Women face unique issues when it comes to getting treatment for addiction. Sometimes barriers like work, childcare, household responsibilities, and fear of judgement can get in the way of women getting help. Women who are pregnant may feel embarrassed or ashamed to get treatment, but getting help is important since substance use can have negative effects on the unborn child. Depending on the drug and severity of addiction, treatment may include detoxification, an inpatient or residential stay, or outpatient treatment. Medications, therapy, and addiction support groups like Alcoholics Anonymous are typically recommended.
How to Get Treatment for Women’s Mental Health Concerns
If you are dealing with mental health concerns, you may benefit from treatment. There are many different types of treatment options available to help the mental health conditions described above. Treatment typically involves therapy by itself or in combination with medication or support groups.
Dr. Welsh notes, “I encourage women to seek therapy at any point they feel they need some additional support. There is still a misconception that therapy has to be a huge time investment, but even a few sessions can help you gain insight on what you are struggling with and provide you with additional tools to cope with life’s inevitable challenges. Once you have a therapist you have connected with, it is so much easier to reach out in the event that you are struggling.”
OB-GYNs Can Be Instrumental in Detecting Mental Health Issues in Women
Because of the importance of addressing mental health in women, healthcare providers, especially OB-GYNs, play an important role in identifying and treating mental health conditions. Choosing Therapy conducted a survey of 135 OB-GYNs on Sermo, a global data collecting platform of over 800,000, anonymous, verified physicians, about the mental health of their patients. More than half of the OB-GYNs surveyed reported that at least 40% of their patients present with psychological symptoms or bring up mental health concerns.
Healthcare providers may assess for the presence of a mental health condition and recommend treatment if necessary. Often the treatment recommendation involves speaking with a therapist, but unfortunately only a small portion of patients follow through on this. The same survey revealed that, according to over 70% of OB-GYNs who recommended that their patients speak to a therapist, less than a third made it to even one therapy session.
While there are many barriers to getting women into mental health treatment, almost 50% of women with a mental illness do seek and receive help.3 In fact, women are more likely to seek mental health treatment than men. Treatment for women’s mental health disorders will depend upon the particular condition and severity of the illness. Generally, though, women dealing with mental health concerns may benefit from therapy, social support, and medication for some.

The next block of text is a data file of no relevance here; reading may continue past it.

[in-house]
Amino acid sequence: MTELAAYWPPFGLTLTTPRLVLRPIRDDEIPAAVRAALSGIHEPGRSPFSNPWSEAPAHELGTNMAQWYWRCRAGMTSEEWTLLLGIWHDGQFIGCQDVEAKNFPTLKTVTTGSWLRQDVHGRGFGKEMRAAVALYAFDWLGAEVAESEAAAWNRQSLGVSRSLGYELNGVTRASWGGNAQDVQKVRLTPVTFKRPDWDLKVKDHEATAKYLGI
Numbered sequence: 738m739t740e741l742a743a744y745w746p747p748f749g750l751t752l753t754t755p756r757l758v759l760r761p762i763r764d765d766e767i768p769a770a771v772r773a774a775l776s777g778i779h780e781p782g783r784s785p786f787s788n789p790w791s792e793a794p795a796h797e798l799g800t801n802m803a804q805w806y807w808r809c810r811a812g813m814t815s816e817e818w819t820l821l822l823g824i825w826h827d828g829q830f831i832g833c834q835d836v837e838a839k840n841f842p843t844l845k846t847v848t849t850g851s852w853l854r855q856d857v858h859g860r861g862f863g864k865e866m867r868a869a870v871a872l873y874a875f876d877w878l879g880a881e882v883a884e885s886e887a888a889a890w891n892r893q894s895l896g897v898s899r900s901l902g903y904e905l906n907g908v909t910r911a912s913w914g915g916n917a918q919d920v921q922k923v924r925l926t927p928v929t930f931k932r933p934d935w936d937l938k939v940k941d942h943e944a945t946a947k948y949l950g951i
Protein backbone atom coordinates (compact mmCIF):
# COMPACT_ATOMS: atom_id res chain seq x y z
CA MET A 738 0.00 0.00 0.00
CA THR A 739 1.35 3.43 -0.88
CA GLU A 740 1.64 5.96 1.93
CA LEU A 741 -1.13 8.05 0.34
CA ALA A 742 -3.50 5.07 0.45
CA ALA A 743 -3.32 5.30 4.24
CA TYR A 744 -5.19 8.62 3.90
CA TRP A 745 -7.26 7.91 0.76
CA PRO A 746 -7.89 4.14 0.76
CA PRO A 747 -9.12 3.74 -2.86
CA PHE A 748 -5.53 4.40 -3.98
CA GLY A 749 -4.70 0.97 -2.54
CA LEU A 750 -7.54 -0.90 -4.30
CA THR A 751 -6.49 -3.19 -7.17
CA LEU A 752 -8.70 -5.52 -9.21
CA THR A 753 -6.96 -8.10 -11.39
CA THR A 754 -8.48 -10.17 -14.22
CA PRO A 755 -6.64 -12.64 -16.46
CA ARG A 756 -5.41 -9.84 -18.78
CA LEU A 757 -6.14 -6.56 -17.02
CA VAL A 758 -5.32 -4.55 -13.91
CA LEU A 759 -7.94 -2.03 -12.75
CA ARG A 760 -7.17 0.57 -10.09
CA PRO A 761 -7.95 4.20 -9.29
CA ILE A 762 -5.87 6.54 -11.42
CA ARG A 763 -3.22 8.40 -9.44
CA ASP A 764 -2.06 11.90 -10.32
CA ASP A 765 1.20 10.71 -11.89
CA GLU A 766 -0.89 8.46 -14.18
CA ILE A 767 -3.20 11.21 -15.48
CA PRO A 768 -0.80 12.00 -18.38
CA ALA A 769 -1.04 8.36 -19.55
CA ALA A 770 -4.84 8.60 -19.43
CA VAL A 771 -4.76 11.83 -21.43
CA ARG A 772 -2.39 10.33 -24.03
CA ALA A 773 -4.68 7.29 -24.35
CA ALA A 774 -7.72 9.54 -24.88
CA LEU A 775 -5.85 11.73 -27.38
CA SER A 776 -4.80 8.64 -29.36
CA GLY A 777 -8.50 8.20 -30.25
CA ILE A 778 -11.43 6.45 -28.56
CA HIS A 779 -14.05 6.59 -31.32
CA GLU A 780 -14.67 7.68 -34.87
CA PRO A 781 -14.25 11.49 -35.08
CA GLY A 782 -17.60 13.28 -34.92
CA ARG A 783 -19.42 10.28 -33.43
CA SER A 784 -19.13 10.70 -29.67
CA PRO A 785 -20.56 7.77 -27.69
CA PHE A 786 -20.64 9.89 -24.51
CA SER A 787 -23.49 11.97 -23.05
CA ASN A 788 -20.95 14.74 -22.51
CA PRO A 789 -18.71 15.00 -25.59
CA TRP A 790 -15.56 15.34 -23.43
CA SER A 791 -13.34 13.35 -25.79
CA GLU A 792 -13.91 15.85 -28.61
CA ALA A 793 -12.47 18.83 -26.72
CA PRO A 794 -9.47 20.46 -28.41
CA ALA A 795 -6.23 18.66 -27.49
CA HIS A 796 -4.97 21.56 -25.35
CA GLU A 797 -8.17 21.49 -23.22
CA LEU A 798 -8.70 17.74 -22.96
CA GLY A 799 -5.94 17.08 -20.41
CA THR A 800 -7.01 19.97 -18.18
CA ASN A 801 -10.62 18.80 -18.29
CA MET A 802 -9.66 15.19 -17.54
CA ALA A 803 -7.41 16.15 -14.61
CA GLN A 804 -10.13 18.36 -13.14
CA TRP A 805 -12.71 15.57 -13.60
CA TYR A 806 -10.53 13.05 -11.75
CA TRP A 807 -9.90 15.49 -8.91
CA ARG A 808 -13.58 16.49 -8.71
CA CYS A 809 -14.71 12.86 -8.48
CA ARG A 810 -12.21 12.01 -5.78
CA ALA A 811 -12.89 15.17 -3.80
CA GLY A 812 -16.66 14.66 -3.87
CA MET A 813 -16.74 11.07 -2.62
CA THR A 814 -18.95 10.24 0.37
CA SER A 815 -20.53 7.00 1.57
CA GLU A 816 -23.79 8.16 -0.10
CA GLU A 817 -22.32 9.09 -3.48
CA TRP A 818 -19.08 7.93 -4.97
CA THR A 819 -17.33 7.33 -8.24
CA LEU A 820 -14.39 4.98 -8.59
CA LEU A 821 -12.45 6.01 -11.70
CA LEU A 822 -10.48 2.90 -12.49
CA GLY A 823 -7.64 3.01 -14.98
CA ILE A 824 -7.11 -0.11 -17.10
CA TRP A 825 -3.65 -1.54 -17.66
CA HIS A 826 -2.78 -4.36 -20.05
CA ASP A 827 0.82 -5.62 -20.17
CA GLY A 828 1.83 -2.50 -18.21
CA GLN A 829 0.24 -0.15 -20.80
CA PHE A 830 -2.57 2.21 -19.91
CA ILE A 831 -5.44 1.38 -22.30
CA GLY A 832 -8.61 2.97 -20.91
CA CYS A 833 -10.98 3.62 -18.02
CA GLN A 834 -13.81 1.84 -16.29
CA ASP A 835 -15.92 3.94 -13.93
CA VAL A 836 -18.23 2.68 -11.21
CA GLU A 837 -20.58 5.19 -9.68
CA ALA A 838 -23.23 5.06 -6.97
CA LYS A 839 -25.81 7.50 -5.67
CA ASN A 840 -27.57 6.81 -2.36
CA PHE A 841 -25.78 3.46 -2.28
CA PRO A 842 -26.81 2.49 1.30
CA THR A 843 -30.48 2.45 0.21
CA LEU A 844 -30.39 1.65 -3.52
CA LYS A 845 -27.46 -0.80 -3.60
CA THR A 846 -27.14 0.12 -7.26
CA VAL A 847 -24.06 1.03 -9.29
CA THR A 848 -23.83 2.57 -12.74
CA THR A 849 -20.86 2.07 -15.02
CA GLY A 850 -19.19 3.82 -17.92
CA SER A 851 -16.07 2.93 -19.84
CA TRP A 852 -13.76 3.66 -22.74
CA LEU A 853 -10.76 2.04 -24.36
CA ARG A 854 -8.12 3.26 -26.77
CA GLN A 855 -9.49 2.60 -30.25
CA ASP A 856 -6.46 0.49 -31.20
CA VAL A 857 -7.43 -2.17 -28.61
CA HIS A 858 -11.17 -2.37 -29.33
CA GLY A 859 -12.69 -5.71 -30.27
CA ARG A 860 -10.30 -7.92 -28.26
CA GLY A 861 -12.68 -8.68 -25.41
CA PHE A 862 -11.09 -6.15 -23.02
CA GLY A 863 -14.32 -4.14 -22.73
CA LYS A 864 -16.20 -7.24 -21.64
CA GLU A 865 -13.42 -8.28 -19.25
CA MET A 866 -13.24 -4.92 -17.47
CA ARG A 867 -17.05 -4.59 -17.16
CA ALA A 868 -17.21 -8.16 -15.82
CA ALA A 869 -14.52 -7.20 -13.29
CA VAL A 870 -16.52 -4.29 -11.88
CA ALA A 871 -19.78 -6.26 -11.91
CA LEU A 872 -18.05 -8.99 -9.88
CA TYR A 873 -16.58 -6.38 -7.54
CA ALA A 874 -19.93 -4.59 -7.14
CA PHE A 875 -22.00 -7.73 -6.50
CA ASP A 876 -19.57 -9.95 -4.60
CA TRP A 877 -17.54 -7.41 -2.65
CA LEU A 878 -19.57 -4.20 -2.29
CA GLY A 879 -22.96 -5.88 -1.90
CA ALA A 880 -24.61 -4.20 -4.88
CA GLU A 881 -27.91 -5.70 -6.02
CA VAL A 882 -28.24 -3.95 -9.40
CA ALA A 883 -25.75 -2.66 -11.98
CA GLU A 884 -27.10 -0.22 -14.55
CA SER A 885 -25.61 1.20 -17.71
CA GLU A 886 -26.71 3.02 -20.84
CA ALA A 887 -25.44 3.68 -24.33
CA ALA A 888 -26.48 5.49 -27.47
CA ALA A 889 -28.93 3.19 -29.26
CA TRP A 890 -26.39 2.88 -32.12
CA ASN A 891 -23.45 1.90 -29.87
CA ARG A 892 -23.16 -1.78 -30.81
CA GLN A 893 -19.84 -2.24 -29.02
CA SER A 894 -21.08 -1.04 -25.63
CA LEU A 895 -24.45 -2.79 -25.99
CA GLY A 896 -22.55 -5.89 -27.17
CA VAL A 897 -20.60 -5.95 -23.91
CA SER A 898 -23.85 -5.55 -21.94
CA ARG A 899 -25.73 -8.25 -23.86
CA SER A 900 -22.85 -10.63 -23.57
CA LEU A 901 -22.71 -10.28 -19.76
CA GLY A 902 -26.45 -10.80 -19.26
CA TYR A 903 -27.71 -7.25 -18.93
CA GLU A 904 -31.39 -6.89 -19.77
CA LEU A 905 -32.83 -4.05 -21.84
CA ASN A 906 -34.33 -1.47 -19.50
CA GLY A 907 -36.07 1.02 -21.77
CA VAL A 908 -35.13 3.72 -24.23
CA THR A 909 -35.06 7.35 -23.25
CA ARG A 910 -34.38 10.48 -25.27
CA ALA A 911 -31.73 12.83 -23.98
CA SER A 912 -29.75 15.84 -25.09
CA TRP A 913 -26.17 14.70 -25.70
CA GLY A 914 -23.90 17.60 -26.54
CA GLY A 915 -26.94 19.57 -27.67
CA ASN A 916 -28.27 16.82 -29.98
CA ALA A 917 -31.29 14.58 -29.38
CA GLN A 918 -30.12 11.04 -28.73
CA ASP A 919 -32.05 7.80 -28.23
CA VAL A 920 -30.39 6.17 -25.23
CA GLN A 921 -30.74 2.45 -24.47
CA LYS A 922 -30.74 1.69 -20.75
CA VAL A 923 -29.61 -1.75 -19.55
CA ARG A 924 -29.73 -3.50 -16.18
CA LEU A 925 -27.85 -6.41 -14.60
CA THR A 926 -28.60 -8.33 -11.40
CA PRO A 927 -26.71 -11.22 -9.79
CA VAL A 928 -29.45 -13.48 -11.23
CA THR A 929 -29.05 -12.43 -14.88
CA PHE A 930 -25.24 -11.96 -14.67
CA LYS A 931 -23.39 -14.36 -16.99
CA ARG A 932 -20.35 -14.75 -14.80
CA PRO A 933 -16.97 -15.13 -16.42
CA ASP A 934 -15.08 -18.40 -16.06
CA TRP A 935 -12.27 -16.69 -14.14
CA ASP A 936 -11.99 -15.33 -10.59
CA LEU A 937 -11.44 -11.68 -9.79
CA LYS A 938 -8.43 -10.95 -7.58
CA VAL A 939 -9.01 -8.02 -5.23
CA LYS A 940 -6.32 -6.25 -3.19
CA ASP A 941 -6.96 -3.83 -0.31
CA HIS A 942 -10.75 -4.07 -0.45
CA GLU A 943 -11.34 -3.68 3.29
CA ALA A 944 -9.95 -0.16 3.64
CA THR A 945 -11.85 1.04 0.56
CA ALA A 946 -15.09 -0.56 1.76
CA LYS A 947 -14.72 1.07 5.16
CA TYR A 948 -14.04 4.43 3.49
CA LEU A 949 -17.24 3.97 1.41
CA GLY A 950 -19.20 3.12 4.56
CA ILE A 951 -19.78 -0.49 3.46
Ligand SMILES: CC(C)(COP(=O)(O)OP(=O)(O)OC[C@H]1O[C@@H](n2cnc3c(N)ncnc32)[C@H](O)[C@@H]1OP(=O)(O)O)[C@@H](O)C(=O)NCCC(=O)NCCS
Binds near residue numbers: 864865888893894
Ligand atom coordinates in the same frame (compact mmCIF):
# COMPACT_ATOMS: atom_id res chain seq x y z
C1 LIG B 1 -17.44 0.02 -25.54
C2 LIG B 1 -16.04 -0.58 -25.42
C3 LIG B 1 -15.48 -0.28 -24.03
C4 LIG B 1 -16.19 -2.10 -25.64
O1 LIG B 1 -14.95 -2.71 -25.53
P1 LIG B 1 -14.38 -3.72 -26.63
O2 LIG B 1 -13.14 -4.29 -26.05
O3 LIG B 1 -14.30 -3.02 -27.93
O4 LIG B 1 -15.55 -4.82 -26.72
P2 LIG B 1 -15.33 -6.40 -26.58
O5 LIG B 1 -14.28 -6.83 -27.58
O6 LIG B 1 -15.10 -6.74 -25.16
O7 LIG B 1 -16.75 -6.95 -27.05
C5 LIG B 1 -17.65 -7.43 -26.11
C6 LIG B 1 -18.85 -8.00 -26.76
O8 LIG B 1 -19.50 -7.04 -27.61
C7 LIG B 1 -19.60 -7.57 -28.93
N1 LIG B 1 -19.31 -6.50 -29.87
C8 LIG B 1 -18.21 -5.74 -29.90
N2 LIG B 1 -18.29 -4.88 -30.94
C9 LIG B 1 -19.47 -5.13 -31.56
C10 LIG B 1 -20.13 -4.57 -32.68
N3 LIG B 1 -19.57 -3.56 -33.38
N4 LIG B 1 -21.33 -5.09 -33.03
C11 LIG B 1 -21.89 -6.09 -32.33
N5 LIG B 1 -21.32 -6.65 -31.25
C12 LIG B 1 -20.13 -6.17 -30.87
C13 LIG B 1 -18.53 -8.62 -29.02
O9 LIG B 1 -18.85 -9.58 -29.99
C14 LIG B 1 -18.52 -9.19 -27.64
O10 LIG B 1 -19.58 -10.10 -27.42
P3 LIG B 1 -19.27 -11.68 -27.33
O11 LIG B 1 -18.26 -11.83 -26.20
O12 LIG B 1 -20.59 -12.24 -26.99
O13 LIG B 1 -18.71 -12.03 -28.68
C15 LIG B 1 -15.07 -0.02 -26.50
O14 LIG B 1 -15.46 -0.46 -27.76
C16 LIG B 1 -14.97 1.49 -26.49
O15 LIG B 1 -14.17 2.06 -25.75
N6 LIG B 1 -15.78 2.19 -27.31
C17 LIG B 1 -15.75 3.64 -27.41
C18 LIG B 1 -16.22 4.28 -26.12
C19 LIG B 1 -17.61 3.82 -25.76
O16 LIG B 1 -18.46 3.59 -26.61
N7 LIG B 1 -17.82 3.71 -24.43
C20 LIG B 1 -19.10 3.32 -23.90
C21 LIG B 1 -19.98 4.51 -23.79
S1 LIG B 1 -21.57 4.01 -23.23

Where to Get Help
Beginning the process of getting help can be daunting. There are several ways to get more information on types of treatments, finding a provider, and paying for treatment:
- Locating a therapist: Choosing Therapy offers a directory of therapists that specialize in various areas.
- Locating a substance abuse or behavioral health program: The Substance Abuse and Mental Health Services Administration (SAMHSA) offers the Behavioral Health Treatment Services Locator tool to assist in finding a local behavioral health or addiction treatment program.
- Virtual addiction recovery: SAMHSA also provides a listing of online addiction recovery groups and resources.
- Support groups: The Anxiety and Depression Association of America and the National Alliance on Mental Illness (NAMI) offer search tools to help you find local and online support groups.
- Health insurance: For information on the Affordable Care Act and how to use health insurance to cover mental health treatment, see MentalHealth.gov.
- Helplines: For the telephone numbers of different national helplines that can provide more information on specific disorders and how to get help, see the Office on Women’s Health.
Elena Welsh encourages, “When looking for a therapist, aside from a general online search, ask around. You will be surprised how many of your friends have seen or are seeing a therapist. When you are willing to start this conversation with the people in your life, you are likely to also begin to develop deeper and more fulfilling connections with them. You may also check with any of your providers that specialize in women’s health, such as your OB-GYN or fertility specialist, as they may be able to connect you to a therapist that is particularly well versed in issues that are specific to women.”
Final Thoughts on Women’s Mental Health
If you are a woman dealing with a mental health issue, you are not alone. Nearly 20% of women in the United States experience some type of mental health concern.1 Speaking with a therapist, friend, family member, or other professional can help you to feel more supported and start the road to recovery. Don’t hesitate to reach out for help.
Women’s Mental Health Infographics